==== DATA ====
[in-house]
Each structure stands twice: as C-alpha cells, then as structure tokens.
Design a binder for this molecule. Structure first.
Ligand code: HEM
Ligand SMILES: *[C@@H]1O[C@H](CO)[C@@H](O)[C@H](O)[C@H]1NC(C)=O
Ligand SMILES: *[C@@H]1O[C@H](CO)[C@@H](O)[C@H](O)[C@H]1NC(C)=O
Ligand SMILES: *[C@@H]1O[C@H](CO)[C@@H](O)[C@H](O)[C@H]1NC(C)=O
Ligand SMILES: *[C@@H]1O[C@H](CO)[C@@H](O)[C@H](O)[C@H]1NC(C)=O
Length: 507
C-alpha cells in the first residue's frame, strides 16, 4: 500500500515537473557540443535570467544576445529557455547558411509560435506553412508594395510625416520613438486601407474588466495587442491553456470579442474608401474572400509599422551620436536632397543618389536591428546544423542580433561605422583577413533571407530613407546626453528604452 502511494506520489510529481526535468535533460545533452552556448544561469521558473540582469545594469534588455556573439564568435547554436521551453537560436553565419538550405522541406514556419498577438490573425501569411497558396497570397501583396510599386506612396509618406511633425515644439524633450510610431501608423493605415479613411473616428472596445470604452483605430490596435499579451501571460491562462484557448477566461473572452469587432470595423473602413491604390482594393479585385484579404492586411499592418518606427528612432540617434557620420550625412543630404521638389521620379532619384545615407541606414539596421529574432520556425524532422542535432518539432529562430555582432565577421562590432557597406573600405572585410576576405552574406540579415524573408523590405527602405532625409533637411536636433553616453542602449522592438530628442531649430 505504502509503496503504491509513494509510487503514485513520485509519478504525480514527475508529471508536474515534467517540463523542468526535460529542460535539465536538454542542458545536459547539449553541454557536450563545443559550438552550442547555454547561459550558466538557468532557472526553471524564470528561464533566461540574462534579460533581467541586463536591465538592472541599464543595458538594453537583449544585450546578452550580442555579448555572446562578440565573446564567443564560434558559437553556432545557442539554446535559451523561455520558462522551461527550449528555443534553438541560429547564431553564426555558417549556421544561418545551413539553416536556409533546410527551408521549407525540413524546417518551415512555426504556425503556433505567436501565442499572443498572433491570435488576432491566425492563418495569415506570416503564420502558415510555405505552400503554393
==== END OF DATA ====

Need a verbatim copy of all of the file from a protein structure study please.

[in-house]
Each structure stands twice: as C-alpha cells, then as structure tokens.
Design a binder for this molecule. Structure first.
Ligand code: HEM
Ligand SMILES: *[C@@H]1O[C@H](CO)[C@@H](O)[C@H](O)[C@H]1NC(C)=O
Ligand SMILES: *[C@@H]1O[C@H](CO)[C@@H](O)[C@H](O)[C@H]1NC(C)=O
Ligand SMILES: *[C@@H]1O[C@H](CO)[C@@H](O)[C@H](O)[C@H]1NC(C)=O
Ligand SMILES: *[C@@H]1O[C@H](CO)[C@@H](O)[C@H](O)[C@H]1NC(C)=O
Length: 507
C-alpha cells in the first residue's frame, strides 16, 4: 500500500515537473557540443535570467544576445529557455547558411509560435506553412508594395510625416520613438486601407474588466495587442491553456470579442474608401474572400509599422551620436536632397543618389536591428546544423542580433561605422583577413533571407530613407546626453528604452 502511494506520489510529481526535468535533460545533452552556448544561469521558473540582469545594469534588455556573439564568435547554436521551453537560436553565419538550405522541406514556419498577438490573425501569411497558396497570397501583396510599386506612396509618406511633425515644439524633450510610431501608423493605415479613411473616428472596445470604452483605430490596435499579451501571460491562462484557448477566461473572452469587432470595423473602413491604390482594393479585385484579404492586411499592418518606427528612432540617434557620420550625412543630404521638389521620379532619384545615407541606414539596421529574432520556425524532422542535432518539432529562430555582432565577421562590432557597406573600405572585410576576405552574406540579415524573408523590405527602405532625409533637411536636433553616453542602449522592438530628442531649430 505504502509503496503504491509513494509510487503514485513520485509519478504525480514527475508529471508536474515534467517540463523542468526535460529542460535539465536538454542542458545536459547539449553541454557536450563545443559550438552550442547555454547561459550558466538557468532557472526553471524564470528561464533566461540574462534579460533581467541586463536591465538592472541599464543595458538594453537583449544585450546578452550580442555579448555572446562578440565573446564567443564560434558559437553556432545557442539554446535559451523561455520558462522551461527550449528555443534553438541560429547564431553564426555558417549556421544561418545551413539553416536556409533546410527551408521549407525540413524546417518551415512555426504556425503556433505567436501565442499572443498572433491570435488576432491566425492563418495569415506570416503564420502558415510555405505552400503554393